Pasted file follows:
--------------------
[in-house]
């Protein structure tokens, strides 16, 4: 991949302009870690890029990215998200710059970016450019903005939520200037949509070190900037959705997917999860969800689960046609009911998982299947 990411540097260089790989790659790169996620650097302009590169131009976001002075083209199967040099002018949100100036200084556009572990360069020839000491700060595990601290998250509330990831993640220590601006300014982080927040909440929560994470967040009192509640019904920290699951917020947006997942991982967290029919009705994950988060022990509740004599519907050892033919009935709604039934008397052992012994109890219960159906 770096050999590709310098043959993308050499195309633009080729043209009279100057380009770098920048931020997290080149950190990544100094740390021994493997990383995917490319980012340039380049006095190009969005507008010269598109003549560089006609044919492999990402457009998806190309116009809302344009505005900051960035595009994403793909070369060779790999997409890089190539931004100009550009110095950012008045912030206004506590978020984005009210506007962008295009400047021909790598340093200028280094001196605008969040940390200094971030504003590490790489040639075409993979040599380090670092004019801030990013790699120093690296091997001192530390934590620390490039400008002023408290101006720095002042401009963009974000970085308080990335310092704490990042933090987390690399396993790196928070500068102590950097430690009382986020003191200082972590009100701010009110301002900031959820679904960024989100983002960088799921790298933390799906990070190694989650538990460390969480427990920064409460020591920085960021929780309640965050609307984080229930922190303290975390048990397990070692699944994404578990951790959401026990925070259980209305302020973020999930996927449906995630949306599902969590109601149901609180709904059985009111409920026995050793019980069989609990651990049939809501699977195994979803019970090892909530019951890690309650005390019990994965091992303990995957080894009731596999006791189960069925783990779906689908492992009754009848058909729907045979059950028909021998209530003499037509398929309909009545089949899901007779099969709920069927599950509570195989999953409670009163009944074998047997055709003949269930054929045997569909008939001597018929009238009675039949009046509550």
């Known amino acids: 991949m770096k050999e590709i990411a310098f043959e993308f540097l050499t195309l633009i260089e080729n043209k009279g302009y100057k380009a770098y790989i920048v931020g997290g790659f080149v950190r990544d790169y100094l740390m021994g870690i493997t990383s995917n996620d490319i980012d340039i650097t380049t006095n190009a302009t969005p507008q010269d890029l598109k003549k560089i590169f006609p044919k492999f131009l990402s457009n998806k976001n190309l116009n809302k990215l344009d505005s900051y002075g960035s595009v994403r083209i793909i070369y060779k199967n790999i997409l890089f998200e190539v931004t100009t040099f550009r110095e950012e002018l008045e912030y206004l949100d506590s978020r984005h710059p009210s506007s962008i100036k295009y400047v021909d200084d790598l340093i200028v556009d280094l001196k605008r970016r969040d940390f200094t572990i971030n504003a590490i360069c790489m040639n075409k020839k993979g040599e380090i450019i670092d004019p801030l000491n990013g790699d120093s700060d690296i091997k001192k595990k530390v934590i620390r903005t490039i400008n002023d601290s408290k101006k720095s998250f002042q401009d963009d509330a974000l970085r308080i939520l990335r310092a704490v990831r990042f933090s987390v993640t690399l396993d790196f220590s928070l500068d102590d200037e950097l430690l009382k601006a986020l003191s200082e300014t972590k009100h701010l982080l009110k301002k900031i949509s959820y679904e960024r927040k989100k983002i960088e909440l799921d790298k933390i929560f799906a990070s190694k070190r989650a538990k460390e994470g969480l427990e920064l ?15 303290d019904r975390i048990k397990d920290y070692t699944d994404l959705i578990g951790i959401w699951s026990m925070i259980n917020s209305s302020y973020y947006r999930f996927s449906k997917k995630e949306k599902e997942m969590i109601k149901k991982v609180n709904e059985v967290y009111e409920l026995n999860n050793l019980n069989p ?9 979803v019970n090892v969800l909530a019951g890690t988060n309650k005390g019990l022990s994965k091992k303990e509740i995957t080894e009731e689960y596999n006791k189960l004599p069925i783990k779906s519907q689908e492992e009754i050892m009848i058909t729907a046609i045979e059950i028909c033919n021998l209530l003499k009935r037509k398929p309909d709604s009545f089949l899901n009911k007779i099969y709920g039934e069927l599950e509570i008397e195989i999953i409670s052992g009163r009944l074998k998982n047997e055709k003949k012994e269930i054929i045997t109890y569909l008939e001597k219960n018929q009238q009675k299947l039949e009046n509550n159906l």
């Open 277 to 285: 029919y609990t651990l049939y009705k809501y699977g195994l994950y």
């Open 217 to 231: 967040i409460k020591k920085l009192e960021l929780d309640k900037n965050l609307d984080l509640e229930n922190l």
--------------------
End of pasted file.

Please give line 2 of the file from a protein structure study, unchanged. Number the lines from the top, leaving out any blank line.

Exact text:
């Protein structure tokens, strides 16, 4: 991949302009870690890029990215998200710059970016450019903005939520200037949509070190900037959705997917999860969800689960046609009911998982299947 990411540097260089790989790659790169996620650097302009590169131009976001002075083209199967040099002018949100100036200084556009572990360069020839000491700060595990601290998250509330990831993640220590601006300014982080927040909440929560994470967040009192509640019904920290699951917020947006997942991982967290029919009705994950988060022990509740004599519907050892033919009935709604039934008397052992012994109890219960159906 770096050999590709310098043959993308050499195309633009080729043209009279100057380009770098920048931020997290080149950190990544100094740390021994493997990383995917490319980012340039380049006095190009969005507008010269598109003549560089006609044919492999990402457009998806190309116009809302344009505005900051960035595009994403793909070369060779790999997409890089190539931004100009550009110095950012008045912030206004506590978020984005009210506007962008295009400047021909790598340093200028280094001196605008969040940390200094971030504003590490790489040639075409993979040599380090670092004019801030990013790699120093690296091997001192530390934590620390490039400008002023408290101006720095002042401009963009974000970085308080990335310092704490990042933090987390690399396993790196928070500068102590950097430690009382986020003191200082972590009100701010009110301002900031959820679904960024989100983002960088799921790298933390799906990070190694989650538990460390969480427990920064409460020591920085960021929780309640965050609307984080229930922190303290975390048990397990070692699944994404578990951790959401026990925070259980209305302020973020999930996927449906995630949306599902969590109601149901609180709904059985009111409920026995050793019980069989609990651990049939809501699977195994979803019970090892909530019951890690309650005390019990994965091992303990995957080894009731596999006791189960069925783990779906689908492992009754009848058909729907045979059950028909021998209530003499037509398929309909009545089949899901007779099969709920069927599950509570195989999953409670009163009944074998047997055709003949269930054929045997569909008939001597018929009238009675039949009046509550």